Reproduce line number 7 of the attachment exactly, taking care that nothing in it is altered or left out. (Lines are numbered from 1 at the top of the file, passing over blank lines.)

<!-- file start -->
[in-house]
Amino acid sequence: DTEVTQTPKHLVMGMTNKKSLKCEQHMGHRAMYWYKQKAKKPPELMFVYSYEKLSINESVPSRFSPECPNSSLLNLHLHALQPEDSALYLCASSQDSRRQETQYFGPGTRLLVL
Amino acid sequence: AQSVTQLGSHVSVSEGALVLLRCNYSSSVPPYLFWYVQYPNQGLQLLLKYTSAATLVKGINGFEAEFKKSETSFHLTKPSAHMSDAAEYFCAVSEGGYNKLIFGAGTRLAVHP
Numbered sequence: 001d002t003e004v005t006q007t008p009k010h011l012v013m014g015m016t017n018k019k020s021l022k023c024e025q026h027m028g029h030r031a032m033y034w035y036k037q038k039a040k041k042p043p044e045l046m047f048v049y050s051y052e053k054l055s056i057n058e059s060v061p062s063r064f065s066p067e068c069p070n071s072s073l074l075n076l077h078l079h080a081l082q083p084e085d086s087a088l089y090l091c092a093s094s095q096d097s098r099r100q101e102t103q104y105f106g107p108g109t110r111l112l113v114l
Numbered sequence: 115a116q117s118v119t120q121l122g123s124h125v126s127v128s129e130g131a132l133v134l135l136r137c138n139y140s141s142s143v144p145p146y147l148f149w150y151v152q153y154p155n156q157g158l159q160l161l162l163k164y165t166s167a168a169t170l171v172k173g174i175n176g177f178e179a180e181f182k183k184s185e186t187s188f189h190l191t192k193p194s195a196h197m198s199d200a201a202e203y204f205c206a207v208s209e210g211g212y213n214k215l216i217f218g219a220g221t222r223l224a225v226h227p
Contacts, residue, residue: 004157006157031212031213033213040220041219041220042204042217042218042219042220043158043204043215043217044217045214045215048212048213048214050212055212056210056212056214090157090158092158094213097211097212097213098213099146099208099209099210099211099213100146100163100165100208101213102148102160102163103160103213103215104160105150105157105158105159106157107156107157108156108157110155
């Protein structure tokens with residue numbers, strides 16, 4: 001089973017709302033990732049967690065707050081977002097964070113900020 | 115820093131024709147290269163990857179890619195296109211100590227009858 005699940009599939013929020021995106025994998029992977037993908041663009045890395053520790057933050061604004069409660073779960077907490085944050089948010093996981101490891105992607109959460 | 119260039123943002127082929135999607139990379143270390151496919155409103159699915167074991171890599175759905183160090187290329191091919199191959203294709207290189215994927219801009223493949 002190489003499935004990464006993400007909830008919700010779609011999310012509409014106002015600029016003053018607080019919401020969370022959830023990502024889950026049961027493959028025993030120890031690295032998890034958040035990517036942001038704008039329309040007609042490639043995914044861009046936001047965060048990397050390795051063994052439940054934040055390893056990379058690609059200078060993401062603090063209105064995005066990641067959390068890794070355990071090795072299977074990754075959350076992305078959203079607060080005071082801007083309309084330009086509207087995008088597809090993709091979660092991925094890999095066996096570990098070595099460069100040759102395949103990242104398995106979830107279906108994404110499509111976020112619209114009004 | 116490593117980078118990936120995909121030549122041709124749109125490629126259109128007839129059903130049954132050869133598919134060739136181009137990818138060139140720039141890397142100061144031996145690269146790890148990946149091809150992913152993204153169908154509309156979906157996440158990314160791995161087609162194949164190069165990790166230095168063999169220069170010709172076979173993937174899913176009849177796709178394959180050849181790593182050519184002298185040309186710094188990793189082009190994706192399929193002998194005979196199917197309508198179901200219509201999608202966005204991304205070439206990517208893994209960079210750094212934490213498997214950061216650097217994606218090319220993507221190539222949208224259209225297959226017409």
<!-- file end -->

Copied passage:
């Protein structure tokens with residue numbers, strides 16, 4: 001089973017709302033990732049967690065707050081977002097964070113900020 | 115820093131024709147290269163990857179890619195296109211100590227009858 005699940009599939013929020021995106025994998029992977037993908041663009045890395053520790057933050061604004069409660073779960077907490085944050089948010093996981101490891105992607109959460 | 119260039123943002127082929135999607139990379143270390151496919155409103159699915167074991171890599175759905183160090187290329191091919199191959203294709207290189215994927219801009223493949 002190489003499935004990464006993400007909830008919700010779609011999310012509409014106002015600029016003053018607080019919401020969370022959830023990502024889950026049961027493959028025993030120890031690295032998890034958040035990517036942001038704008039329309040007609042490639043995914044861009046936001047965060048990397050390795051063994052439940054934040055390893056990379058690609059200078060993401062603090063209105064995005066990641067959390068890794070355990071090795072299977074990754075959350076992305078959203079607060080005071082801007083309309084330009086509207087995008088597809090993709091979660092991925094890999095066996096570990098070595099460069100040759102395949103990242104398995106979830107279906108994404110499509111976020112619209114009004 | 116490593117980078118990936120995909121030549122041709124749109125490629126259109128007839129059903130049954132050869133598919134060739136181009137990818138060139140720039141890397142100061144031996145690269146790890148990946149091809150992913152993204153169908154509309156979906157996440158990314160791995161087609162194949164190069165990790166230095168063999169220069170010709172076979173993937174899913176009849177796709178394959180050849181790593182050519184002298185040309186710094188990793189082009190994706192399929193002998194005979196199917197309508198179901200219509201999608202966005204991304205070439206990517208893994209960079210750094212934490213498997214950061216650097217994606218090319220993507221190539222949208224259209225297959226017409």